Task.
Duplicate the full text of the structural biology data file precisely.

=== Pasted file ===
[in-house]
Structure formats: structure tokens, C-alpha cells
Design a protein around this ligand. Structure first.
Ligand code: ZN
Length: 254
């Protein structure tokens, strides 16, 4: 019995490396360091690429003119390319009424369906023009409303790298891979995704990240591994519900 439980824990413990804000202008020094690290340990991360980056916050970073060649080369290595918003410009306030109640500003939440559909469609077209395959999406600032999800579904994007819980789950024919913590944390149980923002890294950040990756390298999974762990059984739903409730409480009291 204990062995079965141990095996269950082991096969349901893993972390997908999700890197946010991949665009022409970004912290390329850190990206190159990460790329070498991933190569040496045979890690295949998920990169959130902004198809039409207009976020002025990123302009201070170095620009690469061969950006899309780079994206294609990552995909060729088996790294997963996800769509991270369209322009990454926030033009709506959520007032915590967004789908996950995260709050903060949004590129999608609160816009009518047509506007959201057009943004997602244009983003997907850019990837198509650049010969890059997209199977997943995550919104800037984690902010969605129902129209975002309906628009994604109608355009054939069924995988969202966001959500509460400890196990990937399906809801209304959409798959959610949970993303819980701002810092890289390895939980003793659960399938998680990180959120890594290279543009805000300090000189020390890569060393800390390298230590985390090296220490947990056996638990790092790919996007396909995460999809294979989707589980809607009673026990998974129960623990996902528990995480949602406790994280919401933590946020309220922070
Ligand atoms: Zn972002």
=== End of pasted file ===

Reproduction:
[in-house]
Structure formats: structure tokens, C-alpha cells
Design a protein around this ligand. Structure first.
Ligand code: ZN
Length: 254
């Protein structure tokens, strides 16, 4: 019995490396360091690429003119390319009424369906023009409303790298891979995704990240591994519900 439980824990413990804000202008020094690290340990991360980056916050970073060649080369290595918003410009306030109640500003939440559909469609077209395959999406600032999800579904994007819980789950024919913590944390149980923002890294950040990756390298999974762990059984739903409730409480009291 204990062995079965141990095996269950082991096969349901893993972390997908999700890197946010991949665009022409970004912290390329850190990206190159990460790329070498991933190569040496045979890690295949998920990169959130902004198809039409207009976020002025990123302009201070170095620009690469061969950006899309780079994206294609990552995909060729088996790294997963996800769509991270369209322009990454926030033009709506959520007032915590967004789908996950995260709050903060949004590129999608609160816009009518047509506007959201057009943004997602244009983003997907850019990837198509650049010969890059997209199977997943995550919104800037984690902010969605129902129209975002309906628009994604109608355009054939069924995988969202966001959500509460400890196990990937399906809801209304959409798959959610949970993303819980701002810092890289390895939980003793659960399938998680990180959120890594290279543009805000300090000189020390890569060393800390390298230590985390090296220490947990056996638990790092790919996007396909995460999809294979989707589980809607009673026990998974129960623990996902528990995480949602406790994280919401933590946020309220922070
Ligand atoms: Zn972002």